After a school year unlike any other, there is a familiar degree of uncertainty as Minnesota teachers, schools and districts prepare to plan for next year with the recently agreed upon budget framework of the Legislature’s education bill.
As often happens, our legislative leaders have asked for more time to complete an education budget. This extra time creates an excellent opportunity to make real strides toward addressing the critical needs and educational disparities that continue to harm Black, brown, and Indigenous students in Minnesota.
As classroom teachers who have spent countless hours fiercely advocating for a more equitable plan to better serve students, we are hopeful that these much-needed changes are on the way. On the last day of the regular session, House and Senate leaders agreed on a $525 million package in new funding for education over the next two years. It was a fine moment of compromise that will provide vital resources to support our schools (like a 2 percent increase in per-pupil funding) at this unprecedented time.
But we know that the work is not yet done. There will be many legislative debates about how to spend these funds. It’s time to ask ourselves: What are the best ways we can provide all students a solid educational foundation during this public health crisis, while transforming our state’s standard for education? Our experience working in district and charter public schools across the state – with students of all abilities – has given us a firsthand view of the inequalities that affect our schools and ideas for how to make education better for our students.
We urge the House and Senate committee chairs to act decisively on behalf of Minnesota students who continue to be left behind academically. This includes redirecting the largest pool of state education dollars (compensatory aid funding) to:
- Address the poverty cap that needlessly penalizes schools with higher concentrations of poverty.
- Increase the percentage of funds that must be spent at the school site that generated the funds.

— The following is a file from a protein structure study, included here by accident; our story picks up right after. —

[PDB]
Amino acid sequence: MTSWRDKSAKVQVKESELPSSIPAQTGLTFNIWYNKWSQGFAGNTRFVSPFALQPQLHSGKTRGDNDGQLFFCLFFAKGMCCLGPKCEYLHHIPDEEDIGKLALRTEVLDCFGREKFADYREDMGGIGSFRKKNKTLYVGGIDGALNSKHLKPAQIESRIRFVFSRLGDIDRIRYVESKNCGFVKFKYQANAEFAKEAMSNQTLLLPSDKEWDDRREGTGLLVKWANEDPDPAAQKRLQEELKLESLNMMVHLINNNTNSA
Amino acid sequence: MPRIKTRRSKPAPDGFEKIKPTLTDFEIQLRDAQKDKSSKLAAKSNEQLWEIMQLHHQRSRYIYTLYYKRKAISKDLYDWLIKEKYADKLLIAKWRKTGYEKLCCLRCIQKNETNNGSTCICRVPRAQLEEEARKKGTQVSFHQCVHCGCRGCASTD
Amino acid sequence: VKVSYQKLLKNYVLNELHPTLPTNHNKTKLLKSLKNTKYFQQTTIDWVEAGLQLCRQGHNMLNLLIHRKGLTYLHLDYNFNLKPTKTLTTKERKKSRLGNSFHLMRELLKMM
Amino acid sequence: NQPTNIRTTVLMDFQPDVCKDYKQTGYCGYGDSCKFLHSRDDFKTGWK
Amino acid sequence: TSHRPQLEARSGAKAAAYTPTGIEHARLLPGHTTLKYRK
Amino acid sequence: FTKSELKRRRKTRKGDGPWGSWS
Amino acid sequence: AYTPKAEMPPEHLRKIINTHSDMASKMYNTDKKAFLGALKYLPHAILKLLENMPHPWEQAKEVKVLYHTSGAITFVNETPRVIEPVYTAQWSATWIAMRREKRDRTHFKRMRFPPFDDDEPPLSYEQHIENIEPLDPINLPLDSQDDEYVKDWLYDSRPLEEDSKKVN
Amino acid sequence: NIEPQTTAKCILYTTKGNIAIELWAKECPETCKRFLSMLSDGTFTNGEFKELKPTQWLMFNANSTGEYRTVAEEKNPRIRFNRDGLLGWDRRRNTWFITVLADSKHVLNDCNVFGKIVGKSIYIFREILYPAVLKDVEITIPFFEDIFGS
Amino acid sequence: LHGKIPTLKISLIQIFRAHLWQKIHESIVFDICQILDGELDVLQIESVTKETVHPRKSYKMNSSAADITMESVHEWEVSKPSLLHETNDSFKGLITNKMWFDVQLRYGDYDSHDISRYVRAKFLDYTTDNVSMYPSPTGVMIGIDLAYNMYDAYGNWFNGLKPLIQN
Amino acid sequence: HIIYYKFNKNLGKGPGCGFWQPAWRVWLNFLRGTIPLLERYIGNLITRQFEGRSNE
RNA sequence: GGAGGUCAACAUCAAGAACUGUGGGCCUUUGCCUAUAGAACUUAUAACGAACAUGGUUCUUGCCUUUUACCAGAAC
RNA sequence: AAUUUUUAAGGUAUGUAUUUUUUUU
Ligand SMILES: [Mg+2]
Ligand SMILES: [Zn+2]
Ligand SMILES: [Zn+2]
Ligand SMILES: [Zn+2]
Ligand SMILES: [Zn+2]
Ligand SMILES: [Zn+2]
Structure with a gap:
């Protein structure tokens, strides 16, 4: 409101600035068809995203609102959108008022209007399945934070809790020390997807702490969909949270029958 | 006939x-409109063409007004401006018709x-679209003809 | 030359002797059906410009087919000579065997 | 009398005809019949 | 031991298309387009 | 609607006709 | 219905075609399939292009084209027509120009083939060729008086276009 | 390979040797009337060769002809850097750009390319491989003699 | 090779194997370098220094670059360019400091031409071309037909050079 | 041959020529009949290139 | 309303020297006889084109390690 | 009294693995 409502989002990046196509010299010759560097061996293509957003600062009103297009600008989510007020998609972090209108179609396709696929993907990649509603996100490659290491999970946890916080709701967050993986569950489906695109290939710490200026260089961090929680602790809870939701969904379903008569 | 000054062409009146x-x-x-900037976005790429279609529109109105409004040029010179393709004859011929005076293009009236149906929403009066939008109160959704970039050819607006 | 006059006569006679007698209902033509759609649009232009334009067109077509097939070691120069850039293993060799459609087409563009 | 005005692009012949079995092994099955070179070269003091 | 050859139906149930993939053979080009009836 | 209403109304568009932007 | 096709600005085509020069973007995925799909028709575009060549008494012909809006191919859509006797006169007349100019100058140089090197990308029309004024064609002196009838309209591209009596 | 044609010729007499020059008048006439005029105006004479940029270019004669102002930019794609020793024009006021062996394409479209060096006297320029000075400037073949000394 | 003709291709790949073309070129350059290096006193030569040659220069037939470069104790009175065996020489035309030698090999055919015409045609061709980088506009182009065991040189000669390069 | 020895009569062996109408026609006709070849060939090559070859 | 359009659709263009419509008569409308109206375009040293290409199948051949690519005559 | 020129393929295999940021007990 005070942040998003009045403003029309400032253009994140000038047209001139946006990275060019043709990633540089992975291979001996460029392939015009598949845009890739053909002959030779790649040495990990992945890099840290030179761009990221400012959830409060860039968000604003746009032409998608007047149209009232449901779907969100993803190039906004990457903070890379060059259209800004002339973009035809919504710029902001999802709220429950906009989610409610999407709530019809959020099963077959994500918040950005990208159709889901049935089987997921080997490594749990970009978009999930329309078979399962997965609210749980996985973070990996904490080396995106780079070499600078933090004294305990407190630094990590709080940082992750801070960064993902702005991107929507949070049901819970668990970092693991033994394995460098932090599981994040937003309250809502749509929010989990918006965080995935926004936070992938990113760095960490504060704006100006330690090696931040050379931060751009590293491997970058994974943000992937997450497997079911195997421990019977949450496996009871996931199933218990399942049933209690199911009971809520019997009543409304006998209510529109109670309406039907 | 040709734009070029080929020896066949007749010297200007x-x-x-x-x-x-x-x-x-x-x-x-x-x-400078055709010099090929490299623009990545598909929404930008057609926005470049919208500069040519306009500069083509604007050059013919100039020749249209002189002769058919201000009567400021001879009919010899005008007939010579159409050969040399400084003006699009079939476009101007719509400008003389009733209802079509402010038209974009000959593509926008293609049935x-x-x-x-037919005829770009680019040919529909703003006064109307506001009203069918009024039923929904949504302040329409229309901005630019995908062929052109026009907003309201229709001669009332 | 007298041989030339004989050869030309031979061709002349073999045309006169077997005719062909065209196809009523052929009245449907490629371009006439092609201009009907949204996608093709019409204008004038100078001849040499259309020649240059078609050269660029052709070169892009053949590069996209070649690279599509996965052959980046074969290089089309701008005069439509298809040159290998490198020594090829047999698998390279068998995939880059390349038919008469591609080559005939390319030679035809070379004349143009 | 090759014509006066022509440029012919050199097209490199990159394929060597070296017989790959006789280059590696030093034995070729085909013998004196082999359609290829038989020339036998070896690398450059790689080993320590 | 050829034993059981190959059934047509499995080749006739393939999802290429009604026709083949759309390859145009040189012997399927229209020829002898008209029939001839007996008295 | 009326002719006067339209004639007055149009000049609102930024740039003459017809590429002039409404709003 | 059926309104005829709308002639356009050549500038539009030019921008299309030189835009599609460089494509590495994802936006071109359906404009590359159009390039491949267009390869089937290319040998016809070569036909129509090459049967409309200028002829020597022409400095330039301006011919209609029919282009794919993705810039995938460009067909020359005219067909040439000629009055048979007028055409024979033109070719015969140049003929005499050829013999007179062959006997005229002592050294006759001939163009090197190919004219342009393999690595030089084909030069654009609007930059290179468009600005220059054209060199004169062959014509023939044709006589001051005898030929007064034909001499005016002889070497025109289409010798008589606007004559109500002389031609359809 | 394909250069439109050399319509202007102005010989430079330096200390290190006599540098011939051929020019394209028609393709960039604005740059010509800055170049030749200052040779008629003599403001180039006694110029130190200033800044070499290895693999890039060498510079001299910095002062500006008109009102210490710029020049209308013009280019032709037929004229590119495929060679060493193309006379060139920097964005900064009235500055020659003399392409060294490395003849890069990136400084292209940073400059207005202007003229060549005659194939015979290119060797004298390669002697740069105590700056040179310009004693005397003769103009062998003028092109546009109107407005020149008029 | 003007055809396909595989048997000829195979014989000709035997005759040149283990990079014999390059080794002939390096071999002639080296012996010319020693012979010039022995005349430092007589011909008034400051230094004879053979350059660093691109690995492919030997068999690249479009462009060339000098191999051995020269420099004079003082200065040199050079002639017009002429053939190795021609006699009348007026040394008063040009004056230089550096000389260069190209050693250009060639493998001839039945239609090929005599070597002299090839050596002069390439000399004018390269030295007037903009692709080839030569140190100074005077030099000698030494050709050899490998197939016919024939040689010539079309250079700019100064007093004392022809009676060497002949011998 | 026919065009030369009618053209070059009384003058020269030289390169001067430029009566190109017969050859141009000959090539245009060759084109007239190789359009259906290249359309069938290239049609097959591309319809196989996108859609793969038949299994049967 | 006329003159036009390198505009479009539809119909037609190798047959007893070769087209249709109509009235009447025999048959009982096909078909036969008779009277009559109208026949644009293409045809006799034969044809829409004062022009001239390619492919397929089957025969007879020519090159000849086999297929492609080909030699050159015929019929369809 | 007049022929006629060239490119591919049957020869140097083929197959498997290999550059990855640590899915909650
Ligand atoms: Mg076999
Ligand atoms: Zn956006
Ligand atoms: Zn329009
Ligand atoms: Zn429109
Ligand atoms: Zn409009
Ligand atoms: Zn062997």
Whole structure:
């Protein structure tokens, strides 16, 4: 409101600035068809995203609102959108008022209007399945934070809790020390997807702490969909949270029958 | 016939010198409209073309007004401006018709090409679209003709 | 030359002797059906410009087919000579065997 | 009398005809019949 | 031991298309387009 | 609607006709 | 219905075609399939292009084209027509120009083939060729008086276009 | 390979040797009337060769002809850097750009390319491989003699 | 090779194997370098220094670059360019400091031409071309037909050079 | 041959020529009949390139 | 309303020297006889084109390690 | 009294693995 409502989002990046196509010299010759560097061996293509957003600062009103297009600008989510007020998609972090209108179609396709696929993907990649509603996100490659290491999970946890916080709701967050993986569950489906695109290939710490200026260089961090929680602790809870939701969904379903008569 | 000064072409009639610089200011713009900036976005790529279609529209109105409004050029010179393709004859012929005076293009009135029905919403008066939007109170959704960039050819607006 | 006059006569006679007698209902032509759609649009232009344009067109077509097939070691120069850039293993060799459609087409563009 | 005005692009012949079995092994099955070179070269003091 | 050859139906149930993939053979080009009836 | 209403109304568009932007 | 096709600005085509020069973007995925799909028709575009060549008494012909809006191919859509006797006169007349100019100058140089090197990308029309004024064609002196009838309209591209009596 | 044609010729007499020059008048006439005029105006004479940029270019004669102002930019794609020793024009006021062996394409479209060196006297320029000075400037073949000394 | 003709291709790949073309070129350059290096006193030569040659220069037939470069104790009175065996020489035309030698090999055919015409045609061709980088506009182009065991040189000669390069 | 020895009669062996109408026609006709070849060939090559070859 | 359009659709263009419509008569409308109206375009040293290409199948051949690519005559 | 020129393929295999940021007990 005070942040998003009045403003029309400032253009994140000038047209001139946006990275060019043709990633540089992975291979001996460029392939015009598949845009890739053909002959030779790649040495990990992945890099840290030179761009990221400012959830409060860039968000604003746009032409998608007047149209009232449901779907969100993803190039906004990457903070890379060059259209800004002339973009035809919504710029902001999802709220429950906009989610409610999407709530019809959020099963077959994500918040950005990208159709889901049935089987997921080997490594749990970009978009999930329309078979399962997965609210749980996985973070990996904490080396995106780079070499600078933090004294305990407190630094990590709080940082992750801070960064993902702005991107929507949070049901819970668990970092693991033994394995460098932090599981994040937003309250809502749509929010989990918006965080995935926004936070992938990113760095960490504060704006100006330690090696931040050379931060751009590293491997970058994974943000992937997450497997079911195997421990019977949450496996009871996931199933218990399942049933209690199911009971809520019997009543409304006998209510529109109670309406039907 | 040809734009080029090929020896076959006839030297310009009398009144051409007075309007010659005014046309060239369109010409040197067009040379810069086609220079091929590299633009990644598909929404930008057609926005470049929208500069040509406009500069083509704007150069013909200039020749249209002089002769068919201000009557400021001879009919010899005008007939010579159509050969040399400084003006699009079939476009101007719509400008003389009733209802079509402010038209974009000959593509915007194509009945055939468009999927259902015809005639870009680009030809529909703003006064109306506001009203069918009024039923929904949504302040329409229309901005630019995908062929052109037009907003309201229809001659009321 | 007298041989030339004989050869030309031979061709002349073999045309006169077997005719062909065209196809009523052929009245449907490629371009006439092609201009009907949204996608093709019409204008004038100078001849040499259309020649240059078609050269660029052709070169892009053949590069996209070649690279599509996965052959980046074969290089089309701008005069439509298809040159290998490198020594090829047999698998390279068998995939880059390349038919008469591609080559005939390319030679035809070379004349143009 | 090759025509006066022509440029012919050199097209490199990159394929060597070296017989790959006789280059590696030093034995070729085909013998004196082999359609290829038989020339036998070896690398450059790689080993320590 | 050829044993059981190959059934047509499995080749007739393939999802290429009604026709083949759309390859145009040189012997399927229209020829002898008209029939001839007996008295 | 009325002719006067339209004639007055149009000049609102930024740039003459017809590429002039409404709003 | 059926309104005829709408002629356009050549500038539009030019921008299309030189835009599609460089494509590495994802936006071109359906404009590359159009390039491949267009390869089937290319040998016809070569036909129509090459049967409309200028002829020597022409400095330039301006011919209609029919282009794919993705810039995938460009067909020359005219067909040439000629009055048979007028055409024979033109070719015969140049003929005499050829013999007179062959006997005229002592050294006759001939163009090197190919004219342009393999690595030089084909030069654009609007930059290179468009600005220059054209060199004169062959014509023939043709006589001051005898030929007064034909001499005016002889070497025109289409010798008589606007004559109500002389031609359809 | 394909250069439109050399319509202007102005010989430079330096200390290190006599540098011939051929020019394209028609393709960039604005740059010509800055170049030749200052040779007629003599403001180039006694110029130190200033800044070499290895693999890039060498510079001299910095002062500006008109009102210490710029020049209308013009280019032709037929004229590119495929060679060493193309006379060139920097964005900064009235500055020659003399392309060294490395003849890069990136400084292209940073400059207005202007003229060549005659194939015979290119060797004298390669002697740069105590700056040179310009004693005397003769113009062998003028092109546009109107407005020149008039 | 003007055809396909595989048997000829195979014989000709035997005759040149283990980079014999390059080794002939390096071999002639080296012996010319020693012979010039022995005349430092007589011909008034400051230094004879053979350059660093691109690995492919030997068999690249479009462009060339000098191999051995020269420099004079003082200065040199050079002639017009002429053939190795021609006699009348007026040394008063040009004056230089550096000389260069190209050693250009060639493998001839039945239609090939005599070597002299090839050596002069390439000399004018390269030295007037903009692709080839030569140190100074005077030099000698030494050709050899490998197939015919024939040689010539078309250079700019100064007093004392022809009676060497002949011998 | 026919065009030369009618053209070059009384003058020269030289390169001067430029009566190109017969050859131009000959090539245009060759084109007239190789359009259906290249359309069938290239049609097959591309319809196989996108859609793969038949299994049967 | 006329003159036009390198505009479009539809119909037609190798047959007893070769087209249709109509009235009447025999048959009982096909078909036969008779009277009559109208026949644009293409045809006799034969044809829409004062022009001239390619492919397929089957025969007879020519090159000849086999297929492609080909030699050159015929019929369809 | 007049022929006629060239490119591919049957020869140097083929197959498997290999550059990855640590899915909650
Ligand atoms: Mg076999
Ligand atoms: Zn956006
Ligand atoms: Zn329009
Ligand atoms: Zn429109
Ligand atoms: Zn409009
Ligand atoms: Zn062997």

- Require these funds to be used on evidence-based practices and tracked to ensure accountability.
We’ve seen the compounding impact of lost learning opportunities from the past year and the strength of families, students, and teachers who work together. We’ve regretted the moments when learning opportunities were interrupted. Last fall alone, unfinished learning cost students roughly one-third of an academic year in reading and half of a year in math. These losses are exacerbated by concentrations of poverty, shortfalls in funding and teacher shortages.
It is imperative that Minnesota’s schools be prepared to support students and families in the years to come. These supports could include setting aside funds that continue to support, nurture and retain teachers of color; recruiting more teachers who earn alternative certifications; and work toward much-needed discipline reform. Reforming this funding wouldn’t be as flashy or eye-catching as laptops in the hands of every student, but it would go a long way toward making systemic change by investing in more quality teachers with diverse backgrounds who provide many social, emotional, and academic benefits for all students.
At a time when schools face challenges unlike anything that has come before, equitable funding and support for all teachers represent an important step in preparing Minnesota schools to meet these challenges. We are grateful for leaders who have put partisanship aside to strive to do better for our students and hope that – together, with our students and their families – we will all overcome the challenge before us.
Kelly Caruth teaches at Saint Paul Public Schools; Pamela Femrite, Mankato Public Schools; Ben MacKenzie, Hiawatha Schools; and Melodee Strong, Minneapolis Public Schools.
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